Minnich Hydronic Consulting & Design
After 40 years in the hydronic industry as mostly a mechanical contractor, an educator at the college level, technical support specialist, and industry writer; I am now a hydronic consultant and system designer for contractors, supply houses, homeowners, churches, building owners, and anyone else in need of assistance for their hydronic projects.
Services: Heat Loss Load Calculations, Equipment Selection, Piping Strategies, Control Strategy, System Evaluation, Training, Circulator Sizing, Pipe Sizing, Energy Savings Maximization, Proposal Review, Visual Inspections, and all things Hydronics.
Case Study: Lemont Church
This project was at a beautiful 125 year old, stone church in the western suburbs of Chicago. Not only did their old steam boiler fail, but the majority of the piping in this steam system was shot as well. There were more pipe clamps sealing leaking old pipes than all the hardware stores in town had on their shelves.
Originally, nine contractors bid on the job and then it was narrowed down to three. I was one the fortunate ones still standing. My two remaining competitors were proposing installing forced air systems, while abandoning the hydronic system altogether.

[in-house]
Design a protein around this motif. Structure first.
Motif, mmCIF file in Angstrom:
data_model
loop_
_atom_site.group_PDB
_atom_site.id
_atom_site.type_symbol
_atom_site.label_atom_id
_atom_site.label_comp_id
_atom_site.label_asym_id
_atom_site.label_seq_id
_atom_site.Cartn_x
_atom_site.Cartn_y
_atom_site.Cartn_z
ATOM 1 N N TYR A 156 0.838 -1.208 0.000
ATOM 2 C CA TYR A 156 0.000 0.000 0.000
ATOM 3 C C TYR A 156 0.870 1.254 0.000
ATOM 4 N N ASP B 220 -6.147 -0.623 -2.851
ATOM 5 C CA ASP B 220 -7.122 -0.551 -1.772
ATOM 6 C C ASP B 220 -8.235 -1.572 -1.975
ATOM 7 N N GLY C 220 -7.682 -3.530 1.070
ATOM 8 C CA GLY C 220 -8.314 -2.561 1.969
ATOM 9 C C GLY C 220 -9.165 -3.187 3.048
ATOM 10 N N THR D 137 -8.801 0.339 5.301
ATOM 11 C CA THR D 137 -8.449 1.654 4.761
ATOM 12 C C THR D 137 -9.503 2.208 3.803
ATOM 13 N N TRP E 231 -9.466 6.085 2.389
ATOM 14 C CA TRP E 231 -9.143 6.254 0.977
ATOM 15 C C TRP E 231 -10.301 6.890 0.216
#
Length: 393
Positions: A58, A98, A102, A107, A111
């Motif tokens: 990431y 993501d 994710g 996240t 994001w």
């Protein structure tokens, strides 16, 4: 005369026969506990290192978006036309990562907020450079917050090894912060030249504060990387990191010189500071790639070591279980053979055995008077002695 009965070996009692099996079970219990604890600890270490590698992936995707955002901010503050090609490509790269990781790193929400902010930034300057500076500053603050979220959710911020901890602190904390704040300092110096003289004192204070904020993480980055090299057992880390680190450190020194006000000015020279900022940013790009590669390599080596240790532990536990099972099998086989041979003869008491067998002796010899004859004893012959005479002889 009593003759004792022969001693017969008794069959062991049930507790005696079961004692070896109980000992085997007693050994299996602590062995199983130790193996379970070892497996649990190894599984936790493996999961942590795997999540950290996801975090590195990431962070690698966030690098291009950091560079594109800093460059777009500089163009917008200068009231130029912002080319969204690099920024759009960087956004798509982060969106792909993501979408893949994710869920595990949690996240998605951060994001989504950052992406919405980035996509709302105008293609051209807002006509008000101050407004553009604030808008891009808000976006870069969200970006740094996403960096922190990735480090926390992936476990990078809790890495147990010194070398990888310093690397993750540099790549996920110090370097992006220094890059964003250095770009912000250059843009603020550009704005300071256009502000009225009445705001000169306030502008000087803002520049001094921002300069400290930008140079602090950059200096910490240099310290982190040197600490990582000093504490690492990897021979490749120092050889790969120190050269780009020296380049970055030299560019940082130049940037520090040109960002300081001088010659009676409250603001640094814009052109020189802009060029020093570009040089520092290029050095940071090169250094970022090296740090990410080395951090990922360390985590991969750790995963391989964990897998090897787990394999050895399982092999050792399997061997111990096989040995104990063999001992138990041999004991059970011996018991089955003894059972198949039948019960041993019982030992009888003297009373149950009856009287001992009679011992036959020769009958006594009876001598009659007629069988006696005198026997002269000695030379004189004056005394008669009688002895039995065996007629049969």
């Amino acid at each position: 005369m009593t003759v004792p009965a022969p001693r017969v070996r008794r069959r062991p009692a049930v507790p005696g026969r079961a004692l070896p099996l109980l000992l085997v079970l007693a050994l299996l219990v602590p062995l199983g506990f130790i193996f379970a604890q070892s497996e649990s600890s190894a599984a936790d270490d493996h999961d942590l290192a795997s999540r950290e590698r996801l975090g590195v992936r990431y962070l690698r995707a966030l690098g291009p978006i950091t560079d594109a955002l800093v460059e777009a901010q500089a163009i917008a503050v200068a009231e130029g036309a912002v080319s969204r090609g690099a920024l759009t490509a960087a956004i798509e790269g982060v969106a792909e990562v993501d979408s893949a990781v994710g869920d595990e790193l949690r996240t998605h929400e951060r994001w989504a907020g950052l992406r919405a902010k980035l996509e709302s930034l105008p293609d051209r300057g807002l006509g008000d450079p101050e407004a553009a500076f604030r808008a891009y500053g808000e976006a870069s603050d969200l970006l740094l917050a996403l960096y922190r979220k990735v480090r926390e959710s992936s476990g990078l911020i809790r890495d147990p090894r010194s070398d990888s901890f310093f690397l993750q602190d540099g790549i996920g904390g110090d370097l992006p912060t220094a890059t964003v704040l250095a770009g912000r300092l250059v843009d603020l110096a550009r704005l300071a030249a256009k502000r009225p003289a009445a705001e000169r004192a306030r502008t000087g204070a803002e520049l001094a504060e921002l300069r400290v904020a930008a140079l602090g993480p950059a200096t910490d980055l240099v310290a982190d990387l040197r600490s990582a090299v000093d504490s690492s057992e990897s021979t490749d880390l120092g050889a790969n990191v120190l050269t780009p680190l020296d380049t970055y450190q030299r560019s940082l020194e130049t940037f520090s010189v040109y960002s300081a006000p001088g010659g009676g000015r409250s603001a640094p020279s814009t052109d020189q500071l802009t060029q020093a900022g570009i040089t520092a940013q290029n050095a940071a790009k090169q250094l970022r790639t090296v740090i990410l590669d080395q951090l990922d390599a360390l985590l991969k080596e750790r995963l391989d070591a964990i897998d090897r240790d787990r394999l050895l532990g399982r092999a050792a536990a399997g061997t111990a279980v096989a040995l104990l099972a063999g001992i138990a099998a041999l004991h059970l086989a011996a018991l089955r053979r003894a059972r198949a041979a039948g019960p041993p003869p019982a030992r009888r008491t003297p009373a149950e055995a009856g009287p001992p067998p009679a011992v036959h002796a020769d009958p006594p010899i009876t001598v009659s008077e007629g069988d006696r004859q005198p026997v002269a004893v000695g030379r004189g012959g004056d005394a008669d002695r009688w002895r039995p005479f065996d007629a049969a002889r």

The church elders weren't over the top crazy about that idea and I certainly wasn't either. However, in this rare case, I did not think it made sense to salvage the steam system and here's why. The boiler, it's near boiler piping, and the piping throughout the church all needed to be replaced; and when all was said and done they'd still be firing at 83% efficiency with a steam boiler.
My plan was to lose the steam boiler, pressure test all the cast iron radiators for leaks, install a homerun manifold distribution system using pex-al-pex with two Lochinvar 95% modulating, condensing boilers that would be staged and rotated. I did the math and trusted the math. The church was "over-radiated" which allowed me to run at lower supply water temperatures. The lower the supply water temperatures, the longer the boiler(s) would be in condensing mode. The longer the boilers are in condensing mode, the more efficent the boilers would be.
The people at the church loved my idea. The integrity of this gorgeous building would be kept intact by not having monstrous ductwork everywhere. We would jump from a 78% boiler to a 95% boiler(s) that would run at only 10% of their capacity during warmer parts of the winter. When you pair two 10:1 boilers, you now have 20:1 boilers. It really was an ideal solution for a church with so much history. The church remains warm and the gas bills were cut dramatically.